After Baig’s sentence was pronounced, I got in touch with my ATS source again and asked how Baig, if he wasn’t involved in the blasts, had got the death sentence? He laughed and replied: “That’s the beauty of our criminal justice system. All you need to show is the recovery of some explosives and arms and a few tutored witnesses.”
The same day Qateel was to be brought back to Delhi, he was mysteriously found murdered in Pune's Yerawada Jail. The man who could have testified to Baig's innocence was now gone.
Baig was a poor Muslim who with great difficulty had completed his graduation and done a teacher’s course. In 2006, misfortune struck. Some of his acquaintances were arrested in a controversial Aurangabad Arms Haul case in May that year and he got dragged in too. (This is one of the most mysterious of terror cases. It took five years for the ATS to frame charges against the arrested accused. The last one heard, only two police witnesses had been examined).
Baig spent the next five years (till he was arrested) trying to earn an honest living. He did a diploma qualifying him to become a teacher in this period, besides various odd jobs including teaching at a private coaching class. On April 17, when the judge in Pune pronounced the death verdict, Baig broke down. “In the German Bakery blast, 17 innocent people were killed. I am the 18th victim of the blast,” Baig told the court. Barring the Indian Express, no other mainstream English newspaper reported at that time on Baig’s protestations in the court.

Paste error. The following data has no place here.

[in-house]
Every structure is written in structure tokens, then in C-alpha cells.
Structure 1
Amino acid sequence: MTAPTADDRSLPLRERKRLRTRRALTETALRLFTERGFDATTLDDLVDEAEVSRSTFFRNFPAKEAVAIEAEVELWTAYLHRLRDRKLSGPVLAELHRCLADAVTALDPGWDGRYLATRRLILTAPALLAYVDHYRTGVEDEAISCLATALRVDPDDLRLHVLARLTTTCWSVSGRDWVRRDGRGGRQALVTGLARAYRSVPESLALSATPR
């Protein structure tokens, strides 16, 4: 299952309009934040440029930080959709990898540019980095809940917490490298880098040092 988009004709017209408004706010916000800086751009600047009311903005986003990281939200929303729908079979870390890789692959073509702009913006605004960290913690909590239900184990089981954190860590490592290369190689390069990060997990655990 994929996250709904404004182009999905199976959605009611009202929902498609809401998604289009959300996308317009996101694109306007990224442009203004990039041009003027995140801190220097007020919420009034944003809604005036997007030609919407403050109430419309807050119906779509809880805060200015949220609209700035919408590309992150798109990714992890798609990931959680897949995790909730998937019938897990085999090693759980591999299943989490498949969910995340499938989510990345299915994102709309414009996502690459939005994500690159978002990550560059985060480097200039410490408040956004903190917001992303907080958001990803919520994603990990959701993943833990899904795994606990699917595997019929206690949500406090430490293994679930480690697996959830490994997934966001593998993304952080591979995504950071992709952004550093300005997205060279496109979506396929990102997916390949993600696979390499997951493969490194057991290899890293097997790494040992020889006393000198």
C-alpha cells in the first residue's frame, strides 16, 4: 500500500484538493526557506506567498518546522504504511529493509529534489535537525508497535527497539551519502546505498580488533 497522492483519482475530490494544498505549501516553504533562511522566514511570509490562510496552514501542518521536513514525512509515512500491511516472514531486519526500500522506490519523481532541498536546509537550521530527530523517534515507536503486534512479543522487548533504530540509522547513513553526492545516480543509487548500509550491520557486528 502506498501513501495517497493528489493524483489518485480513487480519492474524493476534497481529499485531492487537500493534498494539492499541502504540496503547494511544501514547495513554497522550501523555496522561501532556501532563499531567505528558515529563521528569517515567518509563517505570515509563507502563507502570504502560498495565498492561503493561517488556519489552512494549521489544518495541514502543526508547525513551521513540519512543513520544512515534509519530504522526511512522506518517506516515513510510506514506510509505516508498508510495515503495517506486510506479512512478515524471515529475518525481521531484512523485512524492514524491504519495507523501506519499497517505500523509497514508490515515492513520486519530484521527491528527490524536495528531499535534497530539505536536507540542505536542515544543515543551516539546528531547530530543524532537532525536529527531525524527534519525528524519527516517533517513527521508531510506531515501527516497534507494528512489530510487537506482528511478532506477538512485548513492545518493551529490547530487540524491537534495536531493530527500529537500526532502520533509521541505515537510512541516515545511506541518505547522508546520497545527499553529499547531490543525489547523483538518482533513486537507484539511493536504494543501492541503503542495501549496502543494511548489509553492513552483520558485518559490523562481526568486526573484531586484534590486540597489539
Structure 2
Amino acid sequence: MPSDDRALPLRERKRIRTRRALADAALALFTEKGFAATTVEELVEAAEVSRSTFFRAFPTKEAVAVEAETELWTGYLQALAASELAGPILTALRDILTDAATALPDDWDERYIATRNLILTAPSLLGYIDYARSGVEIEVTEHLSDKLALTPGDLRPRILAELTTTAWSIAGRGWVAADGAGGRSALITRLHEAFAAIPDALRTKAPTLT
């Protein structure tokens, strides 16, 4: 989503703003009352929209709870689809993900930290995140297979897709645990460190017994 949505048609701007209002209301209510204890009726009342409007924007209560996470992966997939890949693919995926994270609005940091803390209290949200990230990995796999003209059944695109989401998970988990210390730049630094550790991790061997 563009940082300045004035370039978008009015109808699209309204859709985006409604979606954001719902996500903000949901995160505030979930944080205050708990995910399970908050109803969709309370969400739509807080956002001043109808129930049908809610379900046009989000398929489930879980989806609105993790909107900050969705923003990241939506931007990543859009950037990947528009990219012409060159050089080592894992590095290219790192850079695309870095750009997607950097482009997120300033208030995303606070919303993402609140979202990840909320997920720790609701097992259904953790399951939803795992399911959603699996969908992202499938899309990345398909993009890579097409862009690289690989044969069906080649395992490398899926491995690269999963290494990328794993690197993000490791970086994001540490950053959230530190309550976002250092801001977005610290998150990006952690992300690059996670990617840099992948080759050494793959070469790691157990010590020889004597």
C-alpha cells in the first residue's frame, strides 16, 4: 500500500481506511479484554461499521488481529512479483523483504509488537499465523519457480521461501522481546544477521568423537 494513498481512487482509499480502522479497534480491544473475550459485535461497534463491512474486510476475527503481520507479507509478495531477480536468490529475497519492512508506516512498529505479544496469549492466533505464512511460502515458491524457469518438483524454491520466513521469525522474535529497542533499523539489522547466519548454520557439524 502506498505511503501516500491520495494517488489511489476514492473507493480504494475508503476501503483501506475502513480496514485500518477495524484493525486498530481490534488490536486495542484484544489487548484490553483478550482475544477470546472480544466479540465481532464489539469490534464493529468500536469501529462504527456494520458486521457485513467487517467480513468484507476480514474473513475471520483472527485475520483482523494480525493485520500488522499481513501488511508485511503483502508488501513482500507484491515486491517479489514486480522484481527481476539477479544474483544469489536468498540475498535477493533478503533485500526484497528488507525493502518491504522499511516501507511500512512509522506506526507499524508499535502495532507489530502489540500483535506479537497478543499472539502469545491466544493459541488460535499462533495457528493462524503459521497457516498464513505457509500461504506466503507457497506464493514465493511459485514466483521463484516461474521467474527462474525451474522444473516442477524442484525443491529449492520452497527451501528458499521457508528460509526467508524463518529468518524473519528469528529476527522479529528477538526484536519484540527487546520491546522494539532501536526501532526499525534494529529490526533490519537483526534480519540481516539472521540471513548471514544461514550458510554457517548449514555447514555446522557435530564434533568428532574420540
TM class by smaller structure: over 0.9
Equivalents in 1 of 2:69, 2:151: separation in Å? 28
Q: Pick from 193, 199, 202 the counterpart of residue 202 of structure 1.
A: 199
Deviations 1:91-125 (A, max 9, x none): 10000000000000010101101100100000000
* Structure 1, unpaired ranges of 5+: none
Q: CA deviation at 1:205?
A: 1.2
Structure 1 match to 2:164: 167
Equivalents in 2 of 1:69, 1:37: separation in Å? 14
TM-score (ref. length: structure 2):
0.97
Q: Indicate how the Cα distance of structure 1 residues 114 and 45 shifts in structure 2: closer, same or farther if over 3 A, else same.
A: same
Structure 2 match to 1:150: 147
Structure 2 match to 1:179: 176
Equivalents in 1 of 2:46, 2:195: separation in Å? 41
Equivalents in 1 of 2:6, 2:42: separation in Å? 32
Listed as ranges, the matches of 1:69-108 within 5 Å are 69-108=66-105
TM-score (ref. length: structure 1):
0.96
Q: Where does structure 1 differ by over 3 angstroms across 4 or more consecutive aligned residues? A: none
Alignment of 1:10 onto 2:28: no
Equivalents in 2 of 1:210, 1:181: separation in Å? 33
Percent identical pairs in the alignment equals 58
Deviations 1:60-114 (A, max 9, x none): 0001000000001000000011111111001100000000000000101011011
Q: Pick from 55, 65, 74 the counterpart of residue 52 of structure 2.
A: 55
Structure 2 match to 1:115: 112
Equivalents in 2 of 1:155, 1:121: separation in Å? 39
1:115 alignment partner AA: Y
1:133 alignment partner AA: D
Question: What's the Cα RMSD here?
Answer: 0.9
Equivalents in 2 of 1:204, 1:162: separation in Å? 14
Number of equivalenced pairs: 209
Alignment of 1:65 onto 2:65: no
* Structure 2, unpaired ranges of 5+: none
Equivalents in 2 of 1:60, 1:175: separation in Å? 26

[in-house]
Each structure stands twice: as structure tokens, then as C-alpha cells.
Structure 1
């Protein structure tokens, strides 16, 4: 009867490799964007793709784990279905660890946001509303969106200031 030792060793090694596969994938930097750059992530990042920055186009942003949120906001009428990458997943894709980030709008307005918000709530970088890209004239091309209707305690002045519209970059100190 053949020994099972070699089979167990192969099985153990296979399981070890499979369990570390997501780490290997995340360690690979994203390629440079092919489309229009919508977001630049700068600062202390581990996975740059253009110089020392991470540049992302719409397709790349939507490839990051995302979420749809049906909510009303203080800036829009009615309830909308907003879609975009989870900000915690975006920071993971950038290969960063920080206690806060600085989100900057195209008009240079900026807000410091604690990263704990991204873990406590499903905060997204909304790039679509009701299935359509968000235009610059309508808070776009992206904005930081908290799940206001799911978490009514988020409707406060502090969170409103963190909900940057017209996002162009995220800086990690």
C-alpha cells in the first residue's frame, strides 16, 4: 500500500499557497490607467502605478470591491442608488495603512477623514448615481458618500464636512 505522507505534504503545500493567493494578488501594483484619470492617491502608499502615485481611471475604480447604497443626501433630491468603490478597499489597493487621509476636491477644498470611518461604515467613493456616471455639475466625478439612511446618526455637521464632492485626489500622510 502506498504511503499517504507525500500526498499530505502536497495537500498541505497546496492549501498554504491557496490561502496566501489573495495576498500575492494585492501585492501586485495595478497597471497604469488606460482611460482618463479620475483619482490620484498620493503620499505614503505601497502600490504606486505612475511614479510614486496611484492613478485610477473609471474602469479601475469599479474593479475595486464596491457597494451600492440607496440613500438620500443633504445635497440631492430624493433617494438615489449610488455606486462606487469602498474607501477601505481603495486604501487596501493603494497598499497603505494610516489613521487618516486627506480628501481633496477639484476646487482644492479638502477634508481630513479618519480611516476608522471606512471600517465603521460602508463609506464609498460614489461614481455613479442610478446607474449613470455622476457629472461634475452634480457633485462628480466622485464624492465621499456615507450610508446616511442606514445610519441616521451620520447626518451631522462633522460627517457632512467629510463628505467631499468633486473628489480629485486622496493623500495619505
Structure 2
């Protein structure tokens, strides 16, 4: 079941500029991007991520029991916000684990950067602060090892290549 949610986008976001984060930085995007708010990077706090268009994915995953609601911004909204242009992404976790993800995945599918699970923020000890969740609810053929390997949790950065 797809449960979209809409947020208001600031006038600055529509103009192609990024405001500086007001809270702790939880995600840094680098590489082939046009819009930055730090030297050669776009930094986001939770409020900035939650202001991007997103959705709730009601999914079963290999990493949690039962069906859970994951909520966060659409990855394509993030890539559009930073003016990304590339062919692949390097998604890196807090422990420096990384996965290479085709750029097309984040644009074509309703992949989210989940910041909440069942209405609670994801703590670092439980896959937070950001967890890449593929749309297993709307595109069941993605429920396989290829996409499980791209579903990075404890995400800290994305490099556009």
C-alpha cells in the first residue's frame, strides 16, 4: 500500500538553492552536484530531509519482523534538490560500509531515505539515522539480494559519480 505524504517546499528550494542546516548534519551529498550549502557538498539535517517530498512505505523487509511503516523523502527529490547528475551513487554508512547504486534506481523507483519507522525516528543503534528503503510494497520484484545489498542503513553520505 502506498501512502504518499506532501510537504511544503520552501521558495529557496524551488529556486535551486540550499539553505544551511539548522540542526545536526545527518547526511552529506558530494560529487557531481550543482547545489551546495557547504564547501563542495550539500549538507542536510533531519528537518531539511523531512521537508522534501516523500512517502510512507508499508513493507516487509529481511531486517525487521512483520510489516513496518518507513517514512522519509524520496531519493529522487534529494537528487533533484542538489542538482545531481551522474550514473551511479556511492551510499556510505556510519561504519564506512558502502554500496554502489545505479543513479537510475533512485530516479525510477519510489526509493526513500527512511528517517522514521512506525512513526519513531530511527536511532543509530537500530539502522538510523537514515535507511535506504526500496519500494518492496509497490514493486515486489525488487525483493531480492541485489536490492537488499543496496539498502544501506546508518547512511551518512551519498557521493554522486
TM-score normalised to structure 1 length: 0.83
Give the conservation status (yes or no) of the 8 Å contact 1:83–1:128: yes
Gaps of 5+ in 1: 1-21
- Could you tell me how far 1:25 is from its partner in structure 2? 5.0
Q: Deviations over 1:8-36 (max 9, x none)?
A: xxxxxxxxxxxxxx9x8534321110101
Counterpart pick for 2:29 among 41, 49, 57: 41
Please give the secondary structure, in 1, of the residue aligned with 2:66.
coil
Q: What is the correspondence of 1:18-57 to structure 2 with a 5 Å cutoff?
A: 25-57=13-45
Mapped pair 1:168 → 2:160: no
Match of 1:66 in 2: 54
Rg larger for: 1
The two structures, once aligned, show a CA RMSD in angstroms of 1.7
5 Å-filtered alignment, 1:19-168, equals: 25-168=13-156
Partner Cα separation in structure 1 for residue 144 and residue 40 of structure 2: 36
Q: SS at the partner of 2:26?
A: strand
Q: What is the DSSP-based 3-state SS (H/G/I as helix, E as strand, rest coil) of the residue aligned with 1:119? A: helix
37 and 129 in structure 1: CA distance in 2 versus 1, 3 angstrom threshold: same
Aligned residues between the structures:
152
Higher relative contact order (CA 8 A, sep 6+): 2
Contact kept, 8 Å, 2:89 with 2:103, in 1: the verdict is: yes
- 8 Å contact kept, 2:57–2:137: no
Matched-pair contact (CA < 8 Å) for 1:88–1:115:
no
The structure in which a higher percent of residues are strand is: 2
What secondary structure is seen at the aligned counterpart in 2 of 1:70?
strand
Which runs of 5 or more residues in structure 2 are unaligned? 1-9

Six months before Baig was handed the death sentence, a terror suspect named Qateel Siddiqui, 28, was killed in mysterious circumstances in the high-security ‘anda cell’ of the Pune Yerawada jail. My source told me that Qateel’s death and Himayat’s innocence were linked. He gave me two interrogation reports of Qateel prepared by an ATS inspector. Qateel was arrested about a year after Himayat’s arrest. But there was a catch. He wasn’t arrested by the Maharashtra ATS but by the Delhi Special Cell. My source asked me to access Qateel’s interrogations reports by the Delhi Police and other agencies and compare it with the ones prepared by the Maharashtra ATS.